For this semester, we are using draw.io as our schematic and block diagram drawing software. It’s a gratis and open-source project which is available as a web-based application, and you can also download a version to run locally on your computer. In partnership with the NSF-funded “Smart Spaces for Making”1 study on campus, we have generated a series of custom schematic and block diagram symbols which you can incorporate into your drawings.

Adding our custom symbols to draw.io

Using the draw.io website

Go to https://nsfsmartmakerspaces.github.io/physcomp-drawio-library/ to access the custom symbol libraries and add them to your instance of draw.io.

Using the desktop draw.io application

Select File–>Open Library from–>URL… and then enter the appropriate URL into the dialogue:

  • For the schematic components, https://nsfsmartmakerspaces.github.io/physcomp-drawio-library/Components.xml
  • For the functional block diagrams, https://nsfsmartmakerspaces.github.io/physcomp-drawio-library/Block.xml


Schematics, properly executed, serve as compact descriptive documents which communciate the exact configuration of an electrical system. Ideally, a schematic that you produce could be read by any of your classmates to reproduce the system you’ve drawn, without needing to ask you any questions.

In the context of this course, a schematic captures/records:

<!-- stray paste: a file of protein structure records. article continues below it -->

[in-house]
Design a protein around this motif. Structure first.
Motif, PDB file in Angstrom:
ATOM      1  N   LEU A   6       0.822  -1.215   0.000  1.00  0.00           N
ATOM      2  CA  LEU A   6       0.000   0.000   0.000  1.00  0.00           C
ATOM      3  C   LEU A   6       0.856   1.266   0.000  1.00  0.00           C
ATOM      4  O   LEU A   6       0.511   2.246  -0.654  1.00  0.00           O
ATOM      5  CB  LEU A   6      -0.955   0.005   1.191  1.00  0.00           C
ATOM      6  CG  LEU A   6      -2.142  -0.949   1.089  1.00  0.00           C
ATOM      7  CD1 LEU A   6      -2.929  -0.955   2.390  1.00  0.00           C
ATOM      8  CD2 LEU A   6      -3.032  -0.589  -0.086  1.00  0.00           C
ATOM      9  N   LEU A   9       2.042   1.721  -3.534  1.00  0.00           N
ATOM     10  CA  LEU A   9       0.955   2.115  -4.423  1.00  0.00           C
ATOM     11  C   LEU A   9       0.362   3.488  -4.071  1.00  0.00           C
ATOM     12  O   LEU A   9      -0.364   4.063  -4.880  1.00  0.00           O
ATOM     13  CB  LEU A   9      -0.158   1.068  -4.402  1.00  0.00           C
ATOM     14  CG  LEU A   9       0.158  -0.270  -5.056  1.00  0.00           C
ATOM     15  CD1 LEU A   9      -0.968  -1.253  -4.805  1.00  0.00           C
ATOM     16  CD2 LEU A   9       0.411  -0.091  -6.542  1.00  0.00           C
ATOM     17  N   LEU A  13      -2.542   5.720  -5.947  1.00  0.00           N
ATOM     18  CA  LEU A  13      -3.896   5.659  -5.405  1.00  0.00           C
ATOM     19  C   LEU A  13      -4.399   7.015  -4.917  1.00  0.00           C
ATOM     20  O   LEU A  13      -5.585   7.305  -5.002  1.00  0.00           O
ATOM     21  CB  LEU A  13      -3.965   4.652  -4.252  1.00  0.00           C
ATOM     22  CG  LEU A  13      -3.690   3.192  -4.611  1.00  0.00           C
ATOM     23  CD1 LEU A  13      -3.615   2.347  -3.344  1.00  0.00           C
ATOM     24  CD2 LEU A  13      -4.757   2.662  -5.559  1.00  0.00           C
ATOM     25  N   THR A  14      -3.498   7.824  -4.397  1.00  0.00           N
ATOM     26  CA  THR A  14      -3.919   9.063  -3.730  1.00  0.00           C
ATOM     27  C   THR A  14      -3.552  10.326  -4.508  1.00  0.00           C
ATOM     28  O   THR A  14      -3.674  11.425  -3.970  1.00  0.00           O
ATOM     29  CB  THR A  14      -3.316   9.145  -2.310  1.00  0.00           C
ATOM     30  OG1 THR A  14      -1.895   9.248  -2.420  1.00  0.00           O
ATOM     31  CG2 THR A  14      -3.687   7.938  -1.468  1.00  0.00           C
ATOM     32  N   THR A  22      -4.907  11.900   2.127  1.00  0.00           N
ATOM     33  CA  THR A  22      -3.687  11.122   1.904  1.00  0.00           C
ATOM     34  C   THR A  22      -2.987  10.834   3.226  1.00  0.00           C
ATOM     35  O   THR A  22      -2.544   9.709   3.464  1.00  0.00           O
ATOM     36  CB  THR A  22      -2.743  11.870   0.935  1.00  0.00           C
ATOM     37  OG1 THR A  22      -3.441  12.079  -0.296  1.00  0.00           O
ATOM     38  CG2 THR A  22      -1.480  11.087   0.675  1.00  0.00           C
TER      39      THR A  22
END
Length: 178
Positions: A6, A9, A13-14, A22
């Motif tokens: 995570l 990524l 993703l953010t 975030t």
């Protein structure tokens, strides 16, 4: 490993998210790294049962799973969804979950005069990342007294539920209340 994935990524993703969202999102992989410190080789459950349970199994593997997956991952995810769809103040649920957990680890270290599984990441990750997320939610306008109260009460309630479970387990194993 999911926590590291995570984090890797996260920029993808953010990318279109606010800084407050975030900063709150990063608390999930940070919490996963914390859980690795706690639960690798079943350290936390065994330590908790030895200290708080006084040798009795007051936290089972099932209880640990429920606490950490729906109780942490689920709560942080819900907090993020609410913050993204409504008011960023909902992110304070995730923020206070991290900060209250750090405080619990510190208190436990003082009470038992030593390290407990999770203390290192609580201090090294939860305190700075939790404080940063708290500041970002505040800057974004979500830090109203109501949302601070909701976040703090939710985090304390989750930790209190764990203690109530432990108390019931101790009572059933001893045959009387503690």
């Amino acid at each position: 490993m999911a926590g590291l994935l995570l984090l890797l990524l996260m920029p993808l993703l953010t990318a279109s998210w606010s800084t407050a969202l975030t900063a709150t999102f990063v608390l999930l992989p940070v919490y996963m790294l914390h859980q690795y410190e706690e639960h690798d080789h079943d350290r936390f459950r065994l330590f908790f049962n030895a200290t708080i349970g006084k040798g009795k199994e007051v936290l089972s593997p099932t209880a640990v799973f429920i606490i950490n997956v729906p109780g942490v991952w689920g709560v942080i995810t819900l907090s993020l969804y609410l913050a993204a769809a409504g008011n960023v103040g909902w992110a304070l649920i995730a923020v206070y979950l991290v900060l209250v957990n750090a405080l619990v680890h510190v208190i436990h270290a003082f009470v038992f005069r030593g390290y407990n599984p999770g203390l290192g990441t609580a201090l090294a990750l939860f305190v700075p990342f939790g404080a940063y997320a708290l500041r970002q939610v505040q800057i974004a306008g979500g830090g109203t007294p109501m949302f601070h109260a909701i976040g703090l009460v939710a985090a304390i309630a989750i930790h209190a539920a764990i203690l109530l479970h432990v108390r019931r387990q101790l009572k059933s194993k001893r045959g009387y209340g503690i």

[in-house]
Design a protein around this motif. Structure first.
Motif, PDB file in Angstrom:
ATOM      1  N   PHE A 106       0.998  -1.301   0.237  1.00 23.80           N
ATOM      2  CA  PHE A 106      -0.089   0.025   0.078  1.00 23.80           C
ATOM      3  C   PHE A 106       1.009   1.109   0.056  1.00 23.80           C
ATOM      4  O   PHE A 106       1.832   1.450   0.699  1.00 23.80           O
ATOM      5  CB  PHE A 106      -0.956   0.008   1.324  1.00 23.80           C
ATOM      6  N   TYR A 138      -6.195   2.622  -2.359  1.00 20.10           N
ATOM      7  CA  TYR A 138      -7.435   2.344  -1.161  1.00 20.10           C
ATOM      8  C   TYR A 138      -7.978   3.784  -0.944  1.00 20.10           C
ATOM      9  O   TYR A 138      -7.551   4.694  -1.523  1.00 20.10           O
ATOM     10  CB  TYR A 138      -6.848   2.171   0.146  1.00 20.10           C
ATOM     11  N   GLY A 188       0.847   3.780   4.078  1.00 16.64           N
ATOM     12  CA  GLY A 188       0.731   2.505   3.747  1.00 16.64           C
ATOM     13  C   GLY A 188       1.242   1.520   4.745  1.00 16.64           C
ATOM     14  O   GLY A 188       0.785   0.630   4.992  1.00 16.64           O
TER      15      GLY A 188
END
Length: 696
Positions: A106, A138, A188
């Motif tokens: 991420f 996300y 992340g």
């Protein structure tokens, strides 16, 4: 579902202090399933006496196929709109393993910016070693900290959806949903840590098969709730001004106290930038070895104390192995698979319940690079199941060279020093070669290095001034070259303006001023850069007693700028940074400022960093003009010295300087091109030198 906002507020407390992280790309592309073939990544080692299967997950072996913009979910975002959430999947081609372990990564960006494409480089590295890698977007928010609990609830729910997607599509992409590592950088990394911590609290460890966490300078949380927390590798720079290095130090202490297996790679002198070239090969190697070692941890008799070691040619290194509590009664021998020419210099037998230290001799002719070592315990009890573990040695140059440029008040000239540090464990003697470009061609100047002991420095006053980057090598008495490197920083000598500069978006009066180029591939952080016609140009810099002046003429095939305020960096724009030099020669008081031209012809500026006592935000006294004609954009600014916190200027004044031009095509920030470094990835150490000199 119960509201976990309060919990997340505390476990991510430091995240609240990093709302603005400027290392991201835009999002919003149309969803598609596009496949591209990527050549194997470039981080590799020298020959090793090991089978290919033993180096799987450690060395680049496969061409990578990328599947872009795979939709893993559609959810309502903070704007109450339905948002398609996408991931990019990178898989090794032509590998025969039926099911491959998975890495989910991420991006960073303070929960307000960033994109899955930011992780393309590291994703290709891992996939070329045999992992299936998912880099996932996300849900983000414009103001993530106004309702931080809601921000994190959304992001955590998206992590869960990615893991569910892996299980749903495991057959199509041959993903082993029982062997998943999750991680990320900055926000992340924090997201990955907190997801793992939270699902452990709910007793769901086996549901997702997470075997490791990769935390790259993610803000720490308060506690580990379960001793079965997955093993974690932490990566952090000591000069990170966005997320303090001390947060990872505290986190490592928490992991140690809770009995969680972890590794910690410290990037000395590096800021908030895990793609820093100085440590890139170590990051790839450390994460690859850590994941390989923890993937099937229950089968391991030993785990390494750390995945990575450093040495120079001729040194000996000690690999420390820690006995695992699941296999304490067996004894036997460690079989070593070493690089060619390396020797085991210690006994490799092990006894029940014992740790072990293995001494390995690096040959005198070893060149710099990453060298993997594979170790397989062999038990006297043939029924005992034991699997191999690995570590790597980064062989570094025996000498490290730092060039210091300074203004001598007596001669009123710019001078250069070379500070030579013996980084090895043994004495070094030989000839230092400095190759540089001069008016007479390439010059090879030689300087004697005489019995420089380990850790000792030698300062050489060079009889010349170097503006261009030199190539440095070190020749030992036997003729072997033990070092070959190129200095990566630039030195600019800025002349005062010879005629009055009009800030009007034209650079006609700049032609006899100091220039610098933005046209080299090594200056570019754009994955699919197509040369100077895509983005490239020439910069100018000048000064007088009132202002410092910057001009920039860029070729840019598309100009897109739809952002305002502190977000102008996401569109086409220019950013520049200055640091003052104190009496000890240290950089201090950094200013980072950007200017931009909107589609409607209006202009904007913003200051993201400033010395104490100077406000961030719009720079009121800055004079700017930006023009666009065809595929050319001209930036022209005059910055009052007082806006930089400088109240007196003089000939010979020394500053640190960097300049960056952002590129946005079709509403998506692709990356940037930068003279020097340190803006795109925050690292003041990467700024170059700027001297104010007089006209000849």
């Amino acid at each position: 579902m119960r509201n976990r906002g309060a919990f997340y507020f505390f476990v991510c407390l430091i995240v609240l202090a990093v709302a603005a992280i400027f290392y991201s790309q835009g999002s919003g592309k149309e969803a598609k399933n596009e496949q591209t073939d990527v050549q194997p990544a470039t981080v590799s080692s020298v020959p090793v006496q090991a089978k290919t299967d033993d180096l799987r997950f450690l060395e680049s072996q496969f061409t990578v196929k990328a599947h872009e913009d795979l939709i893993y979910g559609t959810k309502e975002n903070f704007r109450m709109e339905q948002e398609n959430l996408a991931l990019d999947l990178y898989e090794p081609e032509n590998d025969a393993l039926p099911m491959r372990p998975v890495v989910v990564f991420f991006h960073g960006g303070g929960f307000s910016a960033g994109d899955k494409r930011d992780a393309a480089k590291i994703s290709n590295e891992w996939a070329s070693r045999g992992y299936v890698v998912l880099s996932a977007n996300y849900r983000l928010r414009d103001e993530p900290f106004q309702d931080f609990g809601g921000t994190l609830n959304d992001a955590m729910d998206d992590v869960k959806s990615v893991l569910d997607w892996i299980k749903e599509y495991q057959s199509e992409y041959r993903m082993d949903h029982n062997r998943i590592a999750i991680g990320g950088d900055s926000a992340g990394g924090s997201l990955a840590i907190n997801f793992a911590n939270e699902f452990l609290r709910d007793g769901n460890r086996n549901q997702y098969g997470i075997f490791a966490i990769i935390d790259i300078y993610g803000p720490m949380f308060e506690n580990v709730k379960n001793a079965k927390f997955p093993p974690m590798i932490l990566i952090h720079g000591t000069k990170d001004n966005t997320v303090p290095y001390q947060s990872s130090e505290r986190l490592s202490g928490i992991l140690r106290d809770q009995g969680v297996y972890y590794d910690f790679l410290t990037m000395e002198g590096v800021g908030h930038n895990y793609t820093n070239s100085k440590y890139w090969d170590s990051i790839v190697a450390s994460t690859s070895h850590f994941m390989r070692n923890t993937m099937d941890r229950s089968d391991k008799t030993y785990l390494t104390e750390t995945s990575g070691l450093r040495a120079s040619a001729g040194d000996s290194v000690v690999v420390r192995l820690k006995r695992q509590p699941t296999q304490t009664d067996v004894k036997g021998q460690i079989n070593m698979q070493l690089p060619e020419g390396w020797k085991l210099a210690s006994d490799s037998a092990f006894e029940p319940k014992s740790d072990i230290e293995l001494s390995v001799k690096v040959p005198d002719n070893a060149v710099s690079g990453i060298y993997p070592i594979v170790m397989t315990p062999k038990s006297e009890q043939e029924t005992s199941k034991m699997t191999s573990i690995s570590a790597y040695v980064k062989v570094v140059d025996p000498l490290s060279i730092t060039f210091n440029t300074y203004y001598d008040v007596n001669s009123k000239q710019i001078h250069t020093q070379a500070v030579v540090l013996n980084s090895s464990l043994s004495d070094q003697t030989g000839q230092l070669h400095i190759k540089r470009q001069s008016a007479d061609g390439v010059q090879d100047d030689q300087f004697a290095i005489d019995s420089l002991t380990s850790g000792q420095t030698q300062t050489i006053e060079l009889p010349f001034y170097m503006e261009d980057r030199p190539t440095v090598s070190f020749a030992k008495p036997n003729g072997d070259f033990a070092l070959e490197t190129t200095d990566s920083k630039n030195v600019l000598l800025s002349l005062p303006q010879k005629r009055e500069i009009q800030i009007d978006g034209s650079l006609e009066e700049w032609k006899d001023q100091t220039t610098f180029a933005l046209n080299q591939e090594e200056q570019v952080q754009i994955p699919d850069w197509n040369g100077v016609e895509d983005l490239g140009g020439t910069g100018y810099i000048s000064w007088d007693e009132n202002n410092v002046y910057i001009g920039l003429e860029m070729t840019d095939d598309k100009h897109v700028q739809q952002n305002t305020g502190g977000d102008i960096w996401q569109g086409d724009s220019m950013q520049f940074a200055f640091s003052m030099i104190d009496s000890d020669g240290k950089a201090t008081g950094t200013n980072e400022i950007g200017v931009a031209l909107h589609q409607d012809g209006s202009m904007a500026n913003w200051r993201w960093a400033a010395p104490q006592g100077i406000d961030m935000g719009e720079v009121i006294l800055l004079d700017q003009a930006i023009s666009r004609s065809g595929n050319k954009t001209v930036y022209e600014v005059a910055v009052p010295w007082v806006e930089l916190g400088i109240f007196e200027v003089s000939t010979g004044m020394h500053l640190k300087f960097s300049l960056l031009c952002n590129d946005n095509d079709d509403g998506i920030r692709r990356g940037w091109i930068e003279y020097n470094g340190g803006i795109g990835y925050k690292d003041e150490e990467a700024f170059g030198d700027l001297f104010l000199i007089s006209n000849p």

• the electrical components used, and
  • the topological connections made between those components.

Topological here means that the schematic’s job is to show, for instance, what pins of one thing are connected to what pins of another—but not how long the wire is that’s connecting them, or the actual path through space it takes.

In the context of this course, a schematic generally does not record:

  • the relative physical size of components,
  • the appearance of components,
  • the physical arrangmement of components, or
  • the size, shape, or type of wires connecting components.

Schematic conventions

Widely-recognized diagrams

There are a variety of standards used by electrical engineers to define the appearance of many common circuit elements. This image captures some elements which are relevant to this course, as they appear in draw.io:

standard schematic symbols in draw.io, with representations of a wire, resistor, capacitor, switch, pushbutton, diode, LED, ground, 5V power node, and battery

Note that there are many variations of these that appear out in the world. Sometimes, two different ways of drawing an element may indicate a true distinction, whereas other times, they may simply be synonymous references to the same component. Without a singular guiding standard which applies to all schematics (and there isn’t such a standard in the actual industry), unfortunately you will sometimes come across ambiguity when reading schematics from different sources.

We will endeavor to use a common shared of symbols inside of the context of this class, though, as defined by this document.

Custom or class-specific diagrams

There is a simple, generic way of drawing a schematic symbol for just about any component, following this pattern: